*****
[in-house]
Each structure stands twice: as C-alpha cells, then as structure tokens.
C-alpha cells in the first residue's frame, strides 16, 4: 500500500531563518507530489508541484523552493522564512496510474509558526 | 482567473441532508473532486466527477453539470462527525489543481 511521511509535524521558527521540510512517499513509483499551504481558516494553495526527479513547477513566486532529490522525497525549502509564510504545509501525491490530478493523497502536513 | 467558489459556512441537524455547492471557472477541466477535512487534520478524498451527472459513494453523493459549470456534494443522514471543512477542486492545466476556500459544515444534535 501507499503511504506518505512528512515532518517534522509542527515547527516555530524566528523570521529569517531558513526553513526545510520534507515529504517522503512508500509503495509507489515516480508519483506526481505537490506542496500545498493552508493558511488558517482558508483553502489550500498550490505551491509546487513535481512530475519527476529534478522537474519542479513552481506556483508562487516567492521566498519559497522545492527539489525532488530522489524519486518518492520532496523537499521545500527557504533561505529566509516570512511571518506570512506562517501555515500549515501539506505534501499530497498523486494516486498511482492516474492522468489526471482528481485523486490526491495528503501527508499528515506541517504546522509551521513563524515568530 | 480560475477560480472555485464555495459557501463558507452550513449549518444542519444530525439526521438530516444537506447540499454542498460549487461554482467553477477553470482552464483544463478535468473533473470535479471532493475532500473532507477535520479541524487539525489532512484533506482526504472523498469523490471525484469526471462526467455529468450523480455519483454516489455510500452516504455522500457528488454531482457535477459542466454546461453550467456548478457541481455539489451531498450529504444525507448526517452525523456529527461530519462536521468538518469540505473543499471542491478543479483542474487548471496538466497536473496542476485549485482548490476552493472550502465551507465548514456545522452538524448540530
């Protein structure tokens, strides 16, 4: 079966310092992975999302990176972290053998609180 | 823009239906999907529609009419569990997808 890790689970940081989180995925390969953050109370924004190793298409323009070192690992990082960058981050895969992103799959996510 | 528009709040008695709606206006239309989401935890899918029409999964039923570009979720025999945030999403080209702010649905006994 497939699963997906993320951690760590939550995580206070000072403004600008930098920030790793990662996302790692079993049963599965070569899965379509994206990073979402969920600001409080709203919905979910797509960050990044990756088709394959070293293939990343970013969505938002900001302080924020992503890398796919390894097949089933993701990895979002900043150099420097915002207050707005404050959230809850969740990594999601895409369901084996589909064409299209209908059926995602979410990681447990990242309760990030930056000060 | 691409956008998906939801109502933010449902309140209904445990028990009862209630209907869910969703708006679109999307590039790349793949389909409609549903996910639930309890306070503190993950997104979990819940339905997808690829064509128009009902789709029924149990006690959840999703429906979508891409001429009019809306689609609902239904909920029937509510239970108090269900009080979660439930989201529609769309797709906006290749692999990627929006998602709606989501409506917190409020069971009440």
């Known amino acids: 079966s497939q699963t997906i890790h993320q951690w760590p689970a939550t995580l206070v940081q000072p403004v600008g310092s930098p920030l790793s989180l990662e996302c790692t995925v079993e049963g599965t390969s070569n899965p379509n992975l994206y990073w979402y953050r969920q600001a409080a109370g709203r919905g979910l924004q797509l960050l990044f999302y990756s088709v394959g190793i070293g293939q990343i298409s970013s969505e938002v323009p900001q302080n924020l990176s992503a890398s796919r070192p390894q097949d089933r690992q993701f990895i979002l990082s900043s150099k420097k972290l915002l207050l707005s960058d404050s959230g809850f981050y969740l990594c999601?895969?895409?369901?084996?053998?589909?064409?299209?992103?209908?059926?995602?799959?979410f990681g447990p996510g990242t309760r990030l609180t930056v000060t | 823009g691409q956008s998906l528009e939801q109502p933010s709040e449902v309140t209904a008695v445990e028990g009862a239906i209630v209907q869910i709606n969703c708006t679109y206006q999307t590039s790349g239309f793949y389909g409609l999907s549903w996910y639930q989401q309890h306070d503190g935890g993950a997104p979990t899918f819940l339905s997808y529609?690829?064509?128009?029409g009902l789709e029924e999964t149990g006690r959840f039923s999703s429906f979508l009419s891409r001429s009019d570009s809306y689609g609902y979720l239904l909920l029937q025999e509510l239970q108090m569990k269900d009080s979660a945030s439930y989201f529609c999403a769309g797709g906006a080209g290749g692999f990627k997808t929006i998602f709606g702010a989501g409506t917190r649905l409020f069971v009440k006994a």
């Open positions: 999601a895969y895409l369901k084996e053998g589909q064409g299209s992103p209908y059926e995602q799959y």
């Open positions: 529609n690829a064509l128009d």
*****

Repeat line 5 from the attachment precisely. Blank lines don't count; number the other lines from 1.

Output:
């Known amino acids: 079966s497939q699963t997906i890790h993320q951690w760590p689970a939550t995580l206070v940081q000072p403004v600008g310092s930098p920030l790793s989180l990662e996302c790692t995925v079993e049963g599965t390969s070569n899965p379509n992975l994206y990073w979402y953050r969920q600001a409080a109370g709203r919905g979910l924004q797509l960050l990044f999302y990756s088709v394959g190793i070293g293939q990343i298409s970013s969505e938002v323009p900001q302080n924020l990176s992503a890398s796919r070192p390894q097949d089933r690992q993701f990895i979002l990082s900043s150099k420097k972290l915002l207050l707005s960058d404050s959230g809850f981050y969740l990594c999601?895969?895409?369901?084996?053998?589909?064409?299209?992103?209908?059926?995602?799959?979410f990681g447990p996510g990242t309760r990030l609180t930056v000060t | 823009g691409q956008s998906l528009e939801q109502p933010s709040e449902v309140t209904a008695v445990e028990g009862a239906i209630v209907q869910i709606n969703c708006t679109y206006q999307t590039s790349g239309f793949y389909g409609l999907s549903w996910y639930q989401q309890h306070d503190g935890g993950a997104p979990t899918f819940l339905s997808y529609?690829?064509?128009?029409g009902l789709e029924e999964t149990g006690r959840f039923s999703s429906f979508l009419s891409r001429s009019d570009s809306y689609g609902y979720l239904l909920l029937q025999e509510l239970q108090m569990k269900d009080s979660a945030s439930y989201f529609c999403a769309g797709g906006a080209g290749g692999f990627k997808t929006i998602f709606g702010a989501g409506t917190r649905l409020f069971v009440k006994a």